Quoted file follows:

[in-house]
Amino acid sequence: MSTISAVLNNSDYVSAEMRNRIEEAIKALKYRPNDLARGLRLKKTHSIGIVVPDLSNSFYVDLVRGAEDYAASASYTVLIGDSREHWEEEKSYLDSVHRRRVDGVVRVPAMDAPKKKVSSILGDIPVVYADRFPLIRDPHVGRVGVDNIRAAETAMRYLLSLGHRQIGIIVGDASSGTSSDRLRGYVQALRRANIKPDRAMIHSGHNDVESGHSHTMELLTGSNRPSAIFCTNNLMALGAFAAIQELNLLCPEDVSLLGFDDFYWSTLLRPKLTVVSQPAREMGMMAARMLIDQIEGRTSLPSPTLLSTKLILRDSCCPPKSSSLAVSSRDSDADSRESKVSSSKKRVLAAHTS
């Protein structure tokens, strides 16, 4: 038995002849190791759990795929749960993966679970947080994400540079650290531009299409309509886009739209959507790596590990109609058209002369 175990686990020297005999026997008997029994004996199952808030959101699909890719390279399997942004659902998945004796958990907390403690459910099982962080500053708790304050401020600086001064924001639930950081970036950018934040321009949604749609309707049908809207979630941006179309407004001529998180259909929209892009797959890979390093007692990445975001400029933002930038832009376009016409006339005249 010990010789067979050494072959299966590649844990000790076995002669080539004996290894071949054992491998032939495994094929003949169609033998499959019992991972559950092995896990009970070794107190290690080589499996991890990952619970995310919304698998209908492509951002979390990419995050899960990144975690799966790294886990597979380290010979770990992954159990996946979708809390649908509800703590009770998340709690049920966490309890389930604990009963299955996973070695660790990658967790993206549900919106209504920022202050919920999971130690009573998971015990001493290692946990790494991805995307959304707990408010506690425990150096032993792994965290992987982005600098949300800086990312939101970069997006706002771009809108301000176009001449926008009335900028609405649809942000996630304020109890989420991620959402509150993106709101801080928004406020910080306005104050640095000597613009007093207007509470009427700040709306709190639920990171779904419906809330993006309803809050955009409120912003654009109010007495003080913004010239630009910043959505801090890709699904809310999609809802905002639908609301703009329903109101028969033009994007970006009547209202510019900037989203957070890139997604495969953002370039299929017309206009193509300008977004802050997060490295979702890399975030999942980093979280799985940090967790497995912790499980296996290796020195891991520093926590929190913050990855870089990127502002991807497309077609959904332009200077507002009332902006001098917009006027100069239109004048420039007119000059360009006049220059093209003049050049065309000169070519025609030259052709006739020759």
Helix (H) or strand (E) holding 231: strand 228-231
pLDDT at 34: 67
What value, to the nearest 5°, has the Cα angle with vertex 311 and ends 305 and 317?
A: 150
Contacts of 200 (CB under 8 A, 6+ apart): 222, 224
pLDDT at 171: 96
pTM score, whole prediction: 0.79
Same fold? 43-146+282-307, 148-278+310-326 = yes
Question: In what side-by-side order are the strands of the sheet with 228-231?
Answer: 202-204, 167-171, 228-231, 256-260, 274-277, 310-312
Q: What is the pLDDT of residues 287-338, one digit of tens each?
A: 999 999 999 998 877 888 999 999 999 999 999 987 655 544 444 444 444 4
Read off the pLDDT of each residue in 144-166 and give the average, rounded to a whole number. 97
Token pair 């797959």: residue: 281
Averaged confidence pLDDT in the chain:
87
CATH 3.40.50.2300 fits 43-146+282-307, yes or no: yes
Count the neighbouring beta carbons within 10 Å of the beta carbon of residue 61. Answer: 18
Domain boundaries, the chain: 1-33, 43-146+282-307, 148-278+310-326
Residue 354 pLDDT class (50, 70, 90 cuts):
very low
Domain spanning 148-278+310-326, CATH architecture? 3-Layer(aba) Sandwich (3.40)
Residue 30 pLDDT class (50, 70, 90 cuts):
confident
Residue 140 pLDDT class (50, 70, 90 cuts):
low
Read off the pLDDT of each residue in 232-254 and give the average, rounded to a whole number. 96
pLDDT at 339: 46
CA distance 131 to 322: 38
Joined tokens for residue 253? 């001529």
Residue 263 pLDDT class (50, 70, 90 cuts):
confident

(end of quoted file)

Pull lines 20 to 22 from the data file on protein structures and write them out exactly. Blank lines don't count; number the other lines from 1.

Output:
CATH 3.40.50.2300 fits 43-146+282-307, yes or no: yes
Count the neighbouring beta carbons within 10 Å of the beta carbon of residue 61. Answer: 18
Domain boundaries, the chain: 1-33, 43-146+282-307, 148-278+310-326